One lead on a tractor in Comfort, Texas, started out a bit dicey. “I went to this house, and a man asked me, ‘Können Sie Deutsch sprechen?’ which means, ‘Can you speak German?’” Louis said. He explained that the man’s question implied he would rather deal with someone German.
“Did you answer him in German?” I asked.
Louis grinned. “You bet I did! I bought a Hart Parr and two Case tractors from that man,” he said. The same man told Louis about a cousin in Sisterdale. “I had to go to a dark room. There was an older lady sitting in a rocking chair. I heard, again, ‘Können Sie Deutsch sprechen?’ I answered her and bought two priceless tractors from her—a Rumely and a Waterloo Boy,” Louis remembered.
“You see,” Louis said, squinting, “it’s like digging in the rocks. You turn one rock over and there’s another one behind it.”
There’s one tractor in South Texas that still eludes him. “This guy, who’s older than me, told me his daddy was plowing with it when he was a little boy. It quit running. That thing is still sitting in a field today where his daddy left it before he got mad and walked home. It’s got trees growing all around it,” Louis said. When I asked if he’d tried to buy it, he answered, “You bet. I haven’t got it yet, but I’m still trying.”
Curious, I asked, “What kind is it?”
“I ain’t gonna tell you,” Louis said with a grin.
A Word About Respect
Louis pointed his finger with conviction as he stressed the importance of respect and honesty when dealing in antique tractors. “If you cheat or lie, you’re through,” he said. Once he had a t-shirt made that read, “I want to buy an old Bull tractor,” and wore it to a tractor show. After someone offered him a tip, he drove to Mustang, Oklahoma. He inquired about the owner of this tractor at a convenience store. He got a name, address, and phone number, but when he found the property, no one was home. “If there’s nobody home, you don’t snoop around,” he warned. “They’ll not do business with you.” Louis drove all the way back home and called the owner. “He asked me, ‘Did you see it?’ and I said, ‘No.’ That let him know that I didn’t snoop around. The tractor was in the back part of the property. I drove all the way back to Mustang from Georgetown and bought a very rare Gray tractor” rather than the Bull tractor he’d originally been chasing down.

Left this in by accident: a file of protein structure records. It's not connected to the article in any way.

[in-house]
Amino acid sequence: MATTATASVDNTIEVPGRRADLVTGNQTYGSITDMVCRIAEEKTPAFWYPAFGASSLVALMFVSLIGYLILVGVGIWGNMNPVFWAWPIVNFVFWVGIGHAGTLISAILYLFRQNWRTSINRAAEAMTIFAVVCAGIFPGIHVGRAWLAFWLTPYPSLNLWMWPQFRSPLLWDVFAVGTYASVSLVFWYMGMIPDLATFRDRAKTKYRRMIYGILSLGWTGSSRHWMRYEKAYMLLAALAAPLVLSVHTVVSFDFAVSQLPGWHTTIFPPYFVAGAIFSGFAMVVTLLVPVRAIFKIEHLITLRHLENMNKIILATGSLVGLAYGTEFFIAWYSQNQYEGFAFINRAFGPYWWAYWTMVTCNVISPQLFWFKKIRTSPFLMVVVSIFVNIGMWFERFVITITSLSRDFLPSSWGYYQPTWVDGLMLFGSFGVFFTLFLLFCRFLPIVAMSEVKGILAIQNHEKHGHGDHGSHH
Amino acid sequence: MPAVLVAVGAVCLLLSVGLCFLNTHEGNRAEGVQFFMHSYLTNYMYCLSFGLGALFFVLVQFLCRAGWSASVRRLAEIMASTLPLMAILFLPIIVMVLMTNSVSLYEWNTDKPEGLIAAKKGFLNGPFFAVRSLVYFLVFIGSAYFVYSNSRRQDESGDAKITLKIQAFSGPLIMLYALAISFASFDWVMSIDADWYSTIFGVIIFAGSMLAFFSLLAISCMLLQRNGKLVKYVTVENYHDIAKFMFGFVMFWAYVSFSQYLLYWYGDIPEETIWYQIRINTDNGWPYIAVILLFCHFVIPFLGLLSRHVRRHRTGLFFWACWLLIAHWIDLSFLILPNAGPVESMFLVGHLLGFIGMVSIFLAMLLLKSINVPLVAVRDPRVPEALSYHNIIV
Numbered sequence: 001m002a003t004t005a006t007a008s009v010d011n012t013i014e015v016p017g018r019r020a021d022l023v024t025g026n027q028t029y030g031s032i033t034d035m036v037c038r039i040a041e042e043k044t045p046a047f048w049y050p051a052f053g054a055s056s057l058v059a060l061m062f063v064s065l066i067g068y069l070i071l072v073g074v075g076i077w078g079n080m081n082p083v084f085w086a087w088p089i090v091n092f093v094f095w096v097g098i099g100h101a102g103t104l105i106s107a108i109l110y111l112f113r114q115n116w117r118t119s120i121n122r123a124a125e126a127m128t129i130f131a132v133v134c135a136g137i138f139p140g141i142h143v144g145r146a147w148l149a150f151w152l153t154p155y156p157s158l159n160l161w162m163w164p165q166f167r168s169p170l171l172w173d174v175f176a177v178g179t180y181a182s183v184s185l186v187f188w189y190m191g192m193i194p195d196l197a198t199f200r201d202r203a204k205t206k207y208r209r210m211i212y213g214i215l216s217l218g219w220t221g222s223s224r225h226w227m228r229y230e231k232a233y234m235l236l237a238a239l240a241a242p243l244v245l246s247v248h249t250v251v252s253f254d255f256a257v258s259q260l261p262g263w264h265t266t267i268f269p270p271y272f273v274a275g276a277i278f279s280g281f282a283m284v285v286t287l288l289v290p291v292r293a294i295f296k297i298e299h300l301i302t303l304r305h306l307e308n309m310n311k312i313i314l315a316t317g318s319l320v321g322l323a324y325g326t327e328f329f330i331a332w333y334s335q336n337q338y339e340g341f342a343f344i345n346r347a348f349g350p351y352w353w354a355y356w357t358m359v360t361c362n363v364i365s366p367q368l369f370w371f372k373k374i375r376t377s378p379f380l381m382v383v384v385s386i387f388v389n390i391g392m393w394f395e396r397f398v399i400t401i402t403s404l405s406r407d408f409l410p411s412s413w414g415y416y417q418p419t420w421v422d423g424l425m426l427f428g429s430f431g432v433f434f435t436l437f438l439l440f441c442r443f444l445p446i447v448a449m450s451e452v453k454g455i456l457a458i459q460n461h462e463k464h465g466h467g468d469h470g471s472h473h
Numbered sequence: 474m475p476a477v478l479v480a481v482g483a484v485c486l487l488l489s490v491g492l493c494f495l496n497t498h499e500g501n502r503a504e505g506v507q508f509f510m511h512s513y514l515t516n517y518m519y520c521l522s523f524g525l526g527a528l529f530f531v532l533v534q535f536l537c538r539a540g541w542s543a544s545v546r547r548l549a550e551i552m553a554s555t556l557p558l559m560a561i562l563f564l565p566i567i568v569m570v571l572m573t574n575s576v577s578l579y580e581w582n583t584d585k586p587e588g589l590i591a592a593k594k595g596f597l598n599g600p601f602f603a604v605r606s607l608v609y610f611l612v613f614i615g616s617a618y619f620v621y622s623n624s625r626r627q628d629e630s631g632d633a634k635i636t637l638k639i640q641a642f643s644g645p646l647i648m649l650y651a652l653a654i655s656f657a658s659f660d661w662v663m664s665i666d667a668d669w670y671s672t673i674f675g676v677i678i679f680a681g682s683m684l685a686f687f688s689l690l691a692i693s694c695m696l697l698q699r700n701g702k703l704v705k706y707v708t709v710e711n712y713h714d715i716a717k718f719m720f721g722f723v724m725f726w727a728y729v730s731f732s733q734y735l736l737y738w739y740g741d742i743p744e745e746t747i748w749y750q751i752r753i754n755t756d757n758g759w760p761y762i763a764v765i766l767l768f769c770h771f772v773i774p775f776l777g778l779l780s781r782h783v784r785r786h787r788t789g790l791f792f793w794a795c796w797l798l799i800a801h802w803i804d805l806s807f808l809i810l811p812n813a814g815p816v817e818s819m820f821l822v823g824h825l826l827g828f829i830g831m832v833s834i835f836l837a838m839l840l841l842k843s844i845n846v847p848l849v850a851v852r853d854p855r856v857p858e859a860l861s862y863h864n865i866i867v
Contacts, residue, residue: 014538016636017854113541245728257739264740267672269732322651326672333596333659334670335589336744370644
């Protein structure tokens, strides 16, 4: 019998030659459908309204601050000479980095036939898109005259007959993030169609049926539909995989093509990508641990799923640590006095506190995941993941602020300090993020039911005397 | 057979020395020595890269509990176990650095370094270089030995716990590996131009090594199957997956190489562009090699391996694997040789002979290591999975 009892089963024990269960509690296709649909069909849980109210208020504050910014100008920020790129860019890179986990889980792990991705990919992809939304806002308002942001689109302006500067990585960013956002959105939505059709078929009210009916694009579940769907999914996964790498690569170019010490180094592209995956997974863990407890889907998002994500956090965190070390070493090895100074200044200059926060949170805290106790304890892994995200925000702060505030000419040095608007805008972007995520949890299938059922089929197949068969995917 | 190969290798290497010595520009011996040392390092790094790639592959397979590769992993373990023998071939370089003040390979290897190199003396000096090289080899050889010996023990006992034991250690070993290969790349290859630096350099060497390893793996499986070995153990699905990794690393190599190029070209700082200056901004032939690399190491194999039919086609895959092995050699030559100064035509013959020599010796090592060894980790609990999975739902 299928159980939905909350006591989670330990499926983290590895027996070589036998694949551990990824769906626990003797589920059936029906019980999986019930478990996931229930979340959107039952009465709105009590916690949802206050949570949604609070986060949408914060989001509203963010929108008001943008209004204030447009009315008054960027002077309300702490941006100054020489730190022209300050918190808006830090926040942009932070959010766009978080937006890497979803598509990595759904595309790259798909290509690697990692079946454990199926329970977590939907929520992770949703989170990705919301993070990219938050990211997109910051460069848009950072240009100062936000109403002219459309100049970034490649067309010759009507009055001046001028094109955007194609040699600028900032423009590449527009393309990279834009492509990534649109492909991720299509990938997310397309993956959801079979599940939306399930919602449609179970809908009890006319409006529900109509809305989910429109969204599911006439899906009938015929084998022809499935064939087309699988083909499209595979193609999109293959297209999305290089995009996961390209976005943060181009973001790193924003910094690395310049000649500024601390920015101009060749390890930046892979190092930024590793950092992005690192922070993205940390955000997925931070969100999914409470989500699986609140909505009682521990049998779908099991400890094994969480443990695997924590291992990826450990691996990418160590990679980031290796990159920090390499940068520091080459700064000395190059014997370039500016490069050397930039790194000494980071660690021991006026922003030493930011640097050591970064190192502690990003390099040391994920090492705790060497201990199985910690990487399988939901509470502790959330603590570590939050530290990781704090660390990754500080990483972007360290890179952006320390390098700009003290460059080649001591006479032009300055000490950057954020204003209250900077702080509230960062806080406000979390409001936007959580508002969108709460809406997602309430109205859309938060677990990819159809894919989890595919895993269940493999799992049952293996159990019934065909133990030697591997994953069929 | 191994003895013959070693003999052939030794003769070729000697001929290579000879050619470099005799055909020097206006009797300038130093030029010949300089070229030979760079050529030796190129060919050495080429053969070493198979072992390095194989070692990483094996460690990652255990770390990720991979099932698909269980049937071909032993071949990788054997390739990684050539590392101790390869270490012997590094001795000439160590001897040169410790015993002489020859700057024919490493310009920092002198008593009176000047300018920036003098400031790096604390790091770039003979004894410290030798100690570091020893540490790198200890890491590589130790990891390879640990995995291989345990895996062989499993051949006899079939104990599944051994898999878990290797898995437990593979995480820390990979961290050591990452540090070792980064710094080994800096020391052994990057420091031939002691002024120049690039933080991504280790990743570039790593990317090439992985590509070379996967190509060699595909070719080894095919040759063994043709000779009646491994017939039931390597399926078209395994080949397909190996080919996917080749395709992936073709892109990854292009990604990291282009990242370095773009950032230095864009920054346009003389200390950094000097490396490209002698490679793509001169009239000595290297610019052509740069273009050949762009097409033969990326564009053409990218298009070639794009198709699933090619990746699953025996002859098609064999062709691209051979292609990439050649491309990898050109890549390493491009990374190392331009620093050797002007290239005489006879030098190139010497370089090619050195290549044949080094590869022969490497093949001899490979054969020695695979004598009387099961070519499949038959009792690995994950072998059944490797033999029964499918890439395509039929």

Louis’s eyes lit up and his voice quickened as he recounted the stories behind finding and restoring what another person might call junk. Louis showed us some of his best kept secrets, buried behind other tractors and pieces of his past. “I had a museum in mind, but I’m glad that didn’t develop. Now everything still belongs to us,” Louis said. About his 30-year hobby, he added, “You don’t have to be crazy, but it helps. I enjoy it, and feel I’ve accomplished a lot.”
Our visit with Louis over, we walked down the steps of the old white frame house back to my truck, where sat, looking straight ahead, for a moment.
“Wow, I could have listened to him all day,” I said.
“Yeah,” Andrea replied. “Who knew he would have so many great stories?”
We rode in silence for a bit, realizing that we knocked on a door for a story about antique tractors but had instead found a different treasure: Louis Miller.
“One day, I thought, ‘If everybody sells everything for junk just because they don’t need it, someday there ain’t gonna be anything around for somebody to see.’”